Coleman Molnar: Editor-in-Chief Ω
It takes a bit of effort to get across this great big country of ours. It takes focus – no pun intended — and determination. It takes a lot of gas and even more coffee. Plus, of course, a good amount of the essential Canadian-road-trip-snack, beef jerky.
The purpose of my trip was to drive my girlfriend’s less-than-reliable 2000 Ford Focus to her place in Hamilton, Ontario. I invited my brother along, wanting to have someone with whom to share this unique, cross-continent road trip.
We ripped through B.C. like we owned the place, marveling at the Rocky Mountain vistas and highway-accustomed wildlife that live therein. Our home province was behind us in the blink of an eye — we were making good time. But then came the prairies.
The prairies always get to me. The utter flatness of the earth and the enormity of the sky seem to stretch my mind in a way that makes me lose track of time. My brother noticed it too. As the repetitious, Flintstone-like landscape flew by outside the windows, we were lulled into a flatland-induced stupor. It wasn’t until Saskatoon that we realized we’d been listening to the same album on repeat for the last eleven-and-a-half hours. Beware: it is possible to overdose on Mumford and Sons.
As we neared the US border in southern Saskatchewan I actually became concerned with the prairies’ possibly harmful affects on my brother’s young mind.
“How sweet would it be to have one male and one female buffalo?” he asked, staring out across the flat, grassy landscape.
I took my eyes of the road — an action much less dangerous on the straight shot highways of the prairies than BC’s winding roads — and glanced at my younger sibling. His eyes looked glassy, vacant; there was no sign of sarcasm on his face.
“Umm,” I started, not sure how to reply to this, the second dumbest thing I had heard him say that morning. “Sort of sweet, I guess. Maybe you should take a nap.”
Luckily his sleep was restorative and after an hour-and-half at the border, having thoroughly explained to the guards that the glazed-over look in our eyes was from staring down highways and not from a life of hard drug use, we set off across North Dakota, my brother at the wheel.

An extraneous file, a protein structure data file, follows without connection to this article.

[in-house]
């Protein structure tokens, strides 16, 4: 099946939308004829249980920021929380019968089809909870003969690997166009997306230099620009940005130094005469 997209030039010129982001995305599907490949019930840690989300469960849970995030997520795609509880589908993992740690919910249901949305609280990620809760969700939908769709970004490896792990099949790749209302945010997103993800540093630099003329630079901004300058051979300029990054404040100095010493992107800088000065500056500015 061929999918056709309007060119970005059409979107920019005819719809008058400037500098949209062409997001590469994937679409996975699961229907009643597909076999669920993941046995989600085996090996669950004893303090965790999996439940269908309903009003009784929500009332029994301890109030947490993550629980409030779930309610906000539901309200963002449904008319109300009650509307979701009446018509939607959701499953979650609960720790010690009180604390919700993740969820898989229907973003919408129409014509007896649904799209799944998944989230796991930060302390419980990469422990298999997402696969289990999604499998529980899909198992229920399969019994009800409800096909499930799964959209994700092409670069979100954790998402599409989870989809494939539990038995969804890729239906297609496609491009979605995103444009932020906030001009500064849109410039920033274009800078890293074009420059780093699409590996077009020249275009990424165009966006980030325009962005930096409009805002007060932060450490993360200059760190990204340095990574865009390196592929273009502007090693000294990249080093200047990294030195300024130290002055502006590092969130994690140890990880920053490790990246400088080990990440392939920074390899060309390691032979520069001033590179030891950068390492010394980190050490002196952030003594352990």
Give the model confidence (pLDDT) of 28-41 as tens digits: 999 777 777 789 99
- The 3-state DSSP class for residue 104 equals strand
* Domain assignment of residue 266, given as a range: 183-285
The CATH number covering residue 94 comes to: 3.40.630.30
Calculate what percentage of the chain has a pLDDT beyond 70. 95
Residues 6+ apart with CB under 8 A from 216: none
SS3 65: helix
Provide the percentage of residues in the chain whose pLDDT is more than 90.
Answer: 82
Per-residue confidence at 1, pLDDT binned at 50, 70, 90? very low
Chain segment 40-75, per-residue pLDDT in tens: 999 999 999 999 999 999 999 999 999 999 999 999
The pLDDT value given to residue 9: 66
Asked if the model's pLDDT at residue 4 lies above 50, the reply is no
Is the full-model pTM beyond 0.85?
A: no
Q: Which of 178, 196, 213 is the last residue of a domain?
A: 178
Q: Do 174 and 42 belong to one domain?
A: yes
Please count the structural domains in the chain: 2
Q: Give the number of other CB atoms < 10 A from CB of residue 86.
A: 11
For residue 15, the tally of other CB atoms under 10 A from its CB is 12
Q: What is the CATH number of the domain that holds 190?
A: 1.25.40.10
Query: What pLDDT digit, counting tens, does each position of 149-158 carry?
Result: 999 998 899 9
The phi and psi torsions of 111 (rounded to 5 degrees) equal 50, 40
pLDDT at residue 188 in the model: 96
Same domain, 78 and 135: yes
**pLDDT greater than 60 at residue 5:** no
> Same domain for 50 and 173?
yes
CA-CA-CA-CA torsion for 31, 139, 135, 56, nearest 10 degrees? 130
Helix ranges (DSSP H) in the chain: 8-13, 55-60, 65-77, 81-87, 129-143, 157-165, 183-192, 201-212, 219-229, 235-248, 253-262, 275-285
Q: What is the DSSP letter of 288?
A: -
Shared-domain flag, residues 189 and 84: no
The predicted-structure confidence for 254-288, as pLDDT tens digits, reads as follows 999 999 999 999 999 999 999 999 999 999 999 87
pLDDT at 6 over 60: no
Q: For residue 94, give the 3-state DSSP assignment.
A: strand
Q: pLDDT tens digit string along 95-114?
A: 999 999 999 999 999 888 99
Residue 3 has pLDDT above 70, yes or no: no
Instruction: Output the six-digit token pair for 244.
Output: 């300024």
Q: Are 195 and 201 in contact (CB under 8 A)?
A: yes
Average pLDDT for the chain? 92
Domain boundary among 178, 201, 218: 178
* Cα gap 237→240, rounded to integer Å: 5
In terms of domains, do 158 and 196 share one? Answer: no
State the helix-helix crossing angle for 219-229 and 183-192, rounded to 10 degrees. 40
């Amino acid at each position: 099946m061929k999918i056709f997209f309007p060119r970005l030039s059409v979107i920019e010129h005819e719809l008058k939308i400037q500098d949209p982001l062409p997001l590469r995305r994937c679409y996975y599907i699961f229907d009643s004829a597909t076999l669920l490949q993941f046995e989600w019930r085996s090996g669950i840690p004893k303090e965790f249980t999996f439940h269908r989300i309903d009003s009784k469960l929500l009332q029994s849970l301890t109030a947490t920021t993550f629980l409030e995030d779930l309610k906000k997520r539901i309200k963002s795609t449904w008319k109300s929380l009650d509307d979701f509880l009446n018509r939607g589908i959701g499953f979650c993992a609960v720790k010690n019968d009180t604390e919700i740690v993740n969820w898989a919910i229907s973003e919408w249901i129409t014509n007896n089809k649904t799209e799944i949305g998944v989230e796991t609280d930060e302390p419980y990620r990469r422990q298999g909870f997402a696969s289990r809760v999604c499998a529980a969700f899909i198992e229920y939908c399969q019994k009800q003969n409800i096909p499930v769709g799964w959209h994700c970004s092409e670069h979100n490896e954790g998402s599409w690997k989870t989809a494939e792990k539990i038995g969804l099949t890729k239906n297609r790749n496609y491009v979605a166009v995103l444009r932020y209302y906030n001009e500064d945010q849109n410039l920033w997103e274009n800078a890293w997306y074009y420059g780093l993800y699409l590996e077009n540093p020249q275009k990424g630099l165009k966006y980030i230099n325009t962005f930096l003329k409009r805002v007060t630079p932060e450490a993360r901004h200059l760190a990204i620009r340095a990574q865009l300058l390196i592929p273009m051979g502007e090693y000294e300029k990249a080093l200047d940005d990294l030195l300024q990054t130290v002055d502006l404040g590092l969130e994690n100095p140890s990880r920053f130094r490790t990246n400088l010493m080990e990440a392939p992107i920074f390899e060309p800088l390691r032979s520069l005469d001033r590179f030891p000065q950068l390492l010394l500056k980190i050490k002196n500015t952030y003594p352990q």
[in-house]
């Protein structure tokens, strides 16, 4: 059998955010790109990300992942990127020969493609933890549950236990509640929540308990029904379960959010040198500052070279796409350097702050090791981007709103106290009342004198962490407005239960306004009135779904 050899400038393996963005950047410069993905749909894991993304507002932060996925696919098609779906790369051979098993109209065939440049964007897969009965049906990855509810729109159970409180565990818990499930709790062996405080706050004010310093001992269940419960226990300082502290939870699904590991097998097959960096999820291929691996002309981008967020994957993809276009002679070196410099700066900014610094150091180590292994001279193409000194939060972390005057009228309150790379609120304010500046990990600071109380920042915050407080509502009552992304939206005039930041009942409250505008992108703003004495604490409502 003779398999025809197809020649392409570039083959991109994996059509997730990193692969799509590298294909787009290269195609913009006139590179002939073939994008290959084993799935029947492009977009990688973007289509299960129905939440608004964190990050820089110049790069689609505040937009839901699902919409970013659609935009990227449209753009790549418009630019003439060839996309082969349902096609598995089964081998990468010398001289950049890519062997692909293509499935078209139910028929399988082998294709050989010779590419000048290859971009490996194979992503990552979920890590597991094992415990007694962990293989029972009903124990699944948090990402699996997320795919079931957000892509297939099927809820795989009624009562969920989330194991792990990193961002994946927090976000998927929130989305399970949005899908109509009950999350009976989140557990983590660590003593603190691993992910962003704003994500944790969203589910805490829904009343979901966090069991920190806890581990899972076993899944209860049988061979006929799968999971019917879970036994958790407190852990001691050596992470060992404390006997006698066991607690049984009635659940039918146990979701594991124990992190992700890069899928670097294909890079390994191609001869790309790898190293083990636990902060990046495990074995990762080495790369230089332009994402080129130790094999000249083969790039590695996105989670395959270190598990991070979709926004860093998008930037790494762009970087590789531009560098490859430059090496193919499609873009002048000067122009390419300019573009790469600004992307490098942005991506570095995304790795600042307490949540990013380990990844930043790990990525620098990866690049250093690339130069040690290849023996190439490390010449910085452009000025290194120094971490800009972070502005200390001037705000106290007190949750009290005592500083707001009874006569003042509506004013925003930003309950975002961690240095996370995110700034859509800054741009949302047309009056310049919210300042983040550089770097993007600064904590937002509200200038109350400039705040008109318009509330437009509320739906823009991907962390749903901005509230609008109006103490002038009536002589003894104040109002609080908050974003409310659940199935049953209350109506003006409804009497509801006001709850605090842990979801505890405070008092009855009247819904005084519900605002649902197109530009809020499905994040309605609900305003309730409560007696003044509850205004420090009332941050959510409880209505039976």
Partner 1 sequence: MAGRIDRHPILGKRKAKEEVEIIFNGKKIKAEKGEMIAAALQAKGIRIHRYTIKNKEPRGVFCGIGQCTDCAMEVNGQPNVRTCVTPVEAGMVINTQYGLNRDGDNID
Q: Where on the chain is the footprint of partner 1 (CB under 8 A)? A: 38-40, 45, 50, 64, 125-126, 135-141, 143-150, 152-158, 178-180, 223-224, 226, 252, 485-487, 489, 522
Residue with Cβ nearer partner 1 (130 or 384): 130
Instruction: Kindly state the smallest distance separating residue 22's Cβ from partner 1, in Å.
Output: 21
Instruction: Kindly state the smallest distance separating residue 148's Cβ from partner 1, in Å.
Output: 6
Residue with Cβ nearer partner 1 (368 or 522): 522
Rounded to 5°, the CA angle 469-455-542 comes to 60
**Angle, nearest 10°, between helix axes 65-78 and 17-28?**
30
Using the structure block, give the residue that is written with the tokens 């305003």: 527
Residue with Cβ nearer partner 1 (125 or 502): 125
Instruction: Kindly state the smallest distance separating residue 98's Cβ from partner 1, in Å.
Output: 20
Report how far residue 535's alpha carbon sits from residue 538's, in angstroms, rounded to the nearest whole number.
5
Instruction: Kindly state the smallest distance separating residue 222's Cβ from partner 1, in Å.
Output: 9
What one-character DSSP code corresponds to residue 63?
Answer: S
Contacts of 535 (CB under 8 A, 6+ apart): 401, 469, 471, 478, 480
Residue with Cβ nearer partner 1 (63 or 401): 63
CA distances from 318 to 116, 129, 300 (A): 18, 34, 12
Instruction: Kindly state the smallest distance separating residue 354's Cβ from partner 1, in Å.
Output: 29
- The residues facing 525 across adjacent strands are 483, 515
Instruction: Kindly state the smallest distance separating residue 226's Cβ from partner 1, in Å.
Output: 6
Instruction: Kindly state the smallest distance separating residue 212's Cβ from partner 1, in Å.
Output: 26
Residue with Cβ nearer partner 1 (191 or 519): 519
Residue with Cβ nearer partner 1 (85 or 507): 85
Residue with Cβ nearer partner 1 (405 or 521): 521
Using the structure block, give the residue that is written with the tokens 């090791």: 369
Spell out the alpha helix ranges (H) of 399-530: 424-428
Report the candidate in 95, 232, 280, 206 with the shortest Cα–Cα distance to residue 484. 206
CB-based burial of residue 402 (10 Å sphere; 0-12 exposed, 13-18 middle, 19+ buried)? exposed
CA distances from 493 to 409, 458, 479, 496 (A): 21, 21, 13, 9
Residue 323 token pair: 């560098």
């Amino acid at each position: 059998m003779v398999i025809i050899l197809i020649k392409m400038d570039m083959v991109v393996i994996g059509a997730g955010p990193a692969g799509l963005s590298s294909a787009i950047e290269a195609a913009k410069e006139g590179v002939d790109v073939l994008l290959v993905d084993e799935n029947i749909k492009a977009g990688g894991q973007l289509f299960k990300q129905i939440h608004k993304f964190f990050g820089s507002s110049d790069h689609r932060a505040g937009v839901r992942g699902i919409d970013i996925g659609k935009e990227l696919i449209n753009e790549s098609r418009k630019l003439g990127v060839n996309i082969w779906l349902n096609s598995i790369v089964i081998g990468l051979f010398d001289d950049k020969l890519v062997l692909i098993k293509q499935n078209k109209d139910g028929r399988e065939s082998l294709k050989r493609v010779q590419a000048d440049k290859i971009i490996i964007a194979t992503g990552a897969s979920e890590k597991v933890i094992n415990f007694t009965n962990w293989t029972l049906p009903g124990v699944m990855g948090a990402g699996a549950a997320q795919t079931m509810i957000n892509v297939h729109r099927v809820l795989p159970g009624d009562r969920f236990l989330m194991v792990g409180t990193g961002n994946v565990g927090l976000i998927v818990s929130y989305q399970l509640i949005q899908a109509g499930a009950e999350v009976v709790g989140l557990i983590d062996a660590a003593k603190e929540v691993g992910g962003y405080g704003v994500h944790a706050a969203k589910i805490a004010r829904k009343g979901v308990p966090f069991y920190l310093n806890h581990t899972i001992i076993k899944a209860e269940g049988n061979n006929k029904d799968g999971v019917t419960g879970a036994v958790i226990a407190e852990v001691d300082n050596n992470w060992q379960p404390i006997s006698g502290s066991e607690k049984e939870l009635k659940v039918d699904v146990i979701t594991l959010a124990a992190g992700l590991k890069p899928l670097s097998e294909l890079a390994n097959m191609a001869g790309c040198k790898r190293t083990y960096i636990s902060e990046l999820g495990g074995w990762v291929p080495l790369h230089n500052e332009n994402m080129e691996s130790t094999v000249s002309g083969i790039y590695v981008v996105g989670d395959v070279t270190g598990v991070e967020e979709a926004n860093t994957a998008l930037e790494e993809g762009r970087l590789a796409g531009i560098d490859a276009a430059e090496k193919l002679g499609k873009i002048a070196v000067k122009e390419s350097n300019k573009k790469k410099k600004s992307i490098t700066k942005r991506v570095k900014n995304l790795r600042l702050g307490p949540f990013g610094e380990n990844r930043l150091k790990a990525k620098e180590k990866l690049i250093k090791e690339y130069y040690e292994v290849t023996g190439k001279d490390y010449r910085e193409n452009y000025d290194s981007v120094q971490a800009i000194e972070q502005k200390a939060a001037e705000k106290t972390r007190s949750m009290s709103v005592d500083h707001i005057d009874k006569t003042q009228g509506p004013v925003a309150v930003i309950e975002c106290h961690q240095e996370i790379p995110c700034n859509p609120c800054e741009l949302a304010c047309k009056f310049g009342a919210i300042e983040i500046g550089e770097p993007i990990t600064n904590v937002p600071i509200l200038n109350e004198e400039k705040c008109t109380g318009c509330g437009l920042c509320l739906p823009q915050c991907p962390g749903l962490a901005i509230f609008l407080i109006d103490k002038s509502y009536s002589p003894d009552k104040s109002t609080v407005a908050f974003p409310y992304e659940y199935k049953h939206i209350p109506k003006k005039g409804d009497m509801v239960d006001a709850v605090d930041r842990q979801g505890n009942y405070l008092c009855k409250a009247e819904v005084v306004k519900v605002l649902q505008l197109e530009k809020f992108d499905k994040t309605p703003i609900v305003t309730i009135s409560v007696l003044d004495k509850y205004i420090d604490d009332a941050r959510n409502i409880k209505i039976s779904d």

The all-knowing Google Maps chose our route for us, and the satellite GPS practically negotiated our turns, so as copilot, there was not much for me to do but enjoy the view.
The flooding that plagued the Canadian prairies paid no heed to the national border and was apparent throughout the American farmland as well, turning ranches into lakeside resorts. Their only guests: a trillion horny mosquitoes gathered for their annual orgy. I felt itchy in the car as I snapped photos of floating barns and tractors.
Minnesota and Wisconsin were a complete blur to me as I drifted in and out of sleep. I vaguely remember truck stops and gas stations as my brother stopped to fuel up every few hundred kilometers. I awoke at 1 a.m. to the cracking sound of my driver’s second consecutive Red Bull.
“Are you alright?” I asked, not wanting to wake up in a ditch somewhere outside Minneapolis to discover BCAA doesn’t cover me down here. My brother was performing an enthusiastic drum solo on the wheel, using the rearview mirror as a cymbal.
“Oh ya,” he shouted, looking like a man possessed. “I’m golden! Go back to sleep.”
Exactly two hours later, the energy drink’s effects wore off and he woke me to tell me to drive. I ate Subway one handed and took pictures of a Tim Hortons sign outside Chicago, feeling proud that our national fast food chain was starting to catch on in America, the home of the doughnut.
We made it safely into Canada on the afternoon of the third day and – following the precise directions of our GPS system — navigated the little red car all the way to Hamilton Township, 180 km past the City of Hamilton, our actual destination. After a few minutes of blaming and cursing one another, we turned the car around and blasted off the last couple hours of our trip, speeding 30 km over the limit with every other vehicle on the 403 outside Toronto.
Four days later we flew back, covering the same distance that had taken us just under three days in the Ford Focus, and were home after just six hours in the air.
It almost felt like cheating.